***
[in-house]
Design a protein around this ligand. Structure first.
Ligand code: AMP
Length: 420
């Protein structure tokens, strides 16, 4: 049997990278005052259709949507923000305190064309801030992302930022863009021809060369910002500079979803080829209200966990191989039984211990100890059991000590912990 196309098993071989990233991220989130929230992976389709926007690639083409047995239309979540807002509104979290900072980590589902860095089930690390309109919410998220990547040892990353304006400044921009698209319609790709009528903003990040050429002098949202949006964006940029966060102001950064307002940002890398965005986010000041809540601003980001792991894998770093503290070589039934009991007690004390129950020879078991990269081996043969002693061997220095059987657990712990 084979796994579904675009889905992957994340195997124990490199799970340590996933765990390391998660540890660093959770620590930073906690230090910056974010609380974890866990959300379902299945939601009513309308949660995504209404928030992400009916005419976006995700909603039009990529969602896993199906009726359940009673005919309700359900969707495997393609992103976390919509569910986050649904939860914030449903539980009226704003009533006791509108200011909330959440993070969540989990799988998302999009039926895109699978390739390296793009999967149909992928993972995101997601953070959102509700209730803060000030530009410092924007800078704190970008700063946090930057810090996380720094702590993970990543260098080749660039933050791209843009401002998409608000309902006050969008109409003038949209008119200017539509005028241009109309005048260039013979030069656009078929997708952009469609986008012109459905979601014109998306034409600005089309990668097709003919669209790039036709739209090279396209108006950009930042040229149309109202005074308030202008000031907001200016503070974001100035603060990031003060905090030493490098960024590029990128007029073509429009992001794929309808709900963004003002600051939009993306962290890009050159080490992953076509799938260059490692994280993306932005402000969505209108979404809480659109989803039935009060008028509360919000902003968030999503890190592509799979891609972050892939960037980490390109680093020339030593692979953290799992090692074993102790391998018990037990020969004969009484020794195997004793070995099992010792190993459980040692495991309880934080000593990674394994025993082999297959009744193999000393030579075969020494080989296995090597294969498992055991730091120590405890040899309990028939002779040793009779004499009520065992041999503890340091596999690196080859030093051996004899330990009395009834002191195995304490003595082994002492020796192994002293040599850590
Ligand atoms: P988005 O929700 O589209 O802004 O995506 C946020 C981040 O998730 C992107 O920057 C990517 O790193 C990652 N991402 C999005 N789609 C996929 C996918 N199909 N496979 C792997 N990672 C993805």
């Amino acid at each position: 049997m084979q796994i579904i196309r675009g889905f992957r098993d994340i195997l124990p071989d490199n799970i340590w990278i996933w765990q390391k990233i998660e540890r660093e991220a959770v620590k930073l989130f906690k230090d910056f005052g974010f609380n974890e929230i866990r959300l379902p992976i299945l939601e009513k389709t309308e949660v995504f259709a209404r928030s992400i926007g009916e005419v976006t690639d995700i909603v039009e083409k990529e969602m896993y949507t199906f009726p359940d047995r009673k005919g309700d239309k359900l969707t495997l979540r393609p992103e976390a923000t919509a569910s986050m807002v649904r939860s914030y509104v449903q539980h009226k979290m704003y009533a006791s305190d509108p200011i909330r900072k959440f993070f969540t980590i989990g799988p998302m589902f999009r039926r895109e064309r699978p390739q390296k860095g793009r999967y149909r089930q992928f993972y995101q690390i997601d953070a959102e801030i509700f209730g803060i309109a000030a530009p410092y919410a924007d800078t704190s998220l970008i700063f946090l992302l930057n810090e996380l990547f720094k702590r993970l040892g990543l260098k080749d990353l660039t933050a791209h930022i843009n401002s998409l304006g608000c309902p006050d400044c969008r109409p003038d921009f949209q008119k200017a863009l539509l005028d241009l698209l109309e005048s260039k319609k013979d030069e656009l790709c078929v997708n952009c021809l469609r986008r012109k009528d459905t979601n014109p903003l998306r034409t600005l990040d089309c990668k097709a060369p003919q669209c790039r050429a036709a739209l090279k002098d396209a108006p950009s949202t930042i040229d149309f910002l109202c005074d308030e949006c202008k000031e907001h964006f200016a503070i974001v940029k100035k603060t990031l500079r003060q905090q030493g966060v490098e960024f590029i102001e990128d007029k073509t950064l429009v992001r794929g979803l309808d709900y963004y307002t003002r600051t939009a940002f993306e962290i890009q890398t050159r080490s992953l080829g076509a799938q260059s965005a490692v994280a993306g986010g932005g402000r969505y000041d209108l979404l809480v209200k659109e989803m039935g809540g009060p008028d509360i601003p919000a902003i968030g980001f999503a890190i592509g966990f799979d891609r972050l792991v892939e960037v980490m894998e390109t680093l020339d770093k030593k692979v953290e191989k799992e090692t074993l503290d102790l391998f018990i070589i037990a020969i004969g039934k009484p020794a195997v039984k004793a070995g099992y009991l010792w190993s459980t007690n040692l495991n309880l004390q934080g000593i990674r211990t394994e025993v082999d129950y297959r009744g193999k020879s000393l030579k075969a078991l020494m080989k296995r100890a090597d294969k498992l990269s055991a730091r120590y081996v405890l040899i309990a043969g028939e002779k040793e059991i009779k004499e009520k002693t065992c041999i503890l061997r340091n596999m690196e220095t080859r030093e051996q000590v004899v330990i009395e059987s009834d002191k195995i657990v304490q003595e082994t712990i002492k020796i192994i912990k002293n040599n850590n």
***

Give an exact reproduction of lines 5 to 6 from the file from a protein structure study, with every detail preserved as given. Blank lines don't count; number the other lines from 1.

């Protein structure tokens, strides 16, 4: 049997990278005052259709949507923000305190064309801030992302930022863009021809060369910002500079979803080829209200966990191989039984211990100890059991000590912990 196309098993071989990233991220989130929230992976389709926007690639083409047995239309979540807002509104979290900072980590589902860095089930690390309109919410998220990547040892990353304006400044921009698209319609790709009528903003990040050429002098949202949006964006940029966060102001950064307002940002890398965005986010000041809540601003980001792991894998770093503290070589039934009991007690004390129950020879078991990269081996043969002693061997220095059987657990712990 084979796994579904675009889905992957994340195997124990490199799970340590996933765990390391998660540890660093959770620590930073906690230090910056974010609380974890866990959300379902299945939601009513309308949660995504209404928030992400009916005419976006995700909603039009990529969602896993199906009726359940009673005919309700359900969707495997393609992103976390919509569910986050649904939860914030449903539980009226704003009533006791509108200011909330959440993070969540989990799988998302999009039926895109699978390739390296793009999967149909992928993972995101997601953070959102509700209730803060000030530009410092924007800078704190970008700063946090930057810090996380720094702590993970990543260098080749660039933050791209843009401002998409608000309902006050969008109409003038949209008119200017539509005028241009109309005048260039013979030069656009078929997708952009469609986008012109459905979601014109998306034409600005089309990668097709003919669209790039036709739209090279396209108006950009930042040229149309109202005074308030202008000031907001200016503070974001100035603060990031003060905090030493490098960024590029990128007029073509429009992001794929309808709900963004003002600051939009993306962290890009050159080490992953076509799938260059490692994280993306932005402000969505209108979404809480659109989803039935009060008028509360919000902003968030999503890190592509799979891609972050892939960037980490390109680093020339030593692979953290799992090692074993102790391998018990037990020969004969009484020794195997004793070995099992010792190993459980040692495991309880934080000593990674394994025993082999297959009744193999000393030579075969020494080989296995090597294969498992055991730091120590405890040899309990028939002779040793009779004499009520065992041999503890340091596999690196080859030093051996004899330990009395009834002191195995304490003595082994002492020796192994002293040599850590
Ligand atoms: P988005 O929700 O589209 O802004 O995506 C946020 C981040 O998730 C992107 O920057 C990517 O790193 C990652 N991402 C999005 N789609 C996929 C996918 N199909 N496979 C792997 N990672 C993805």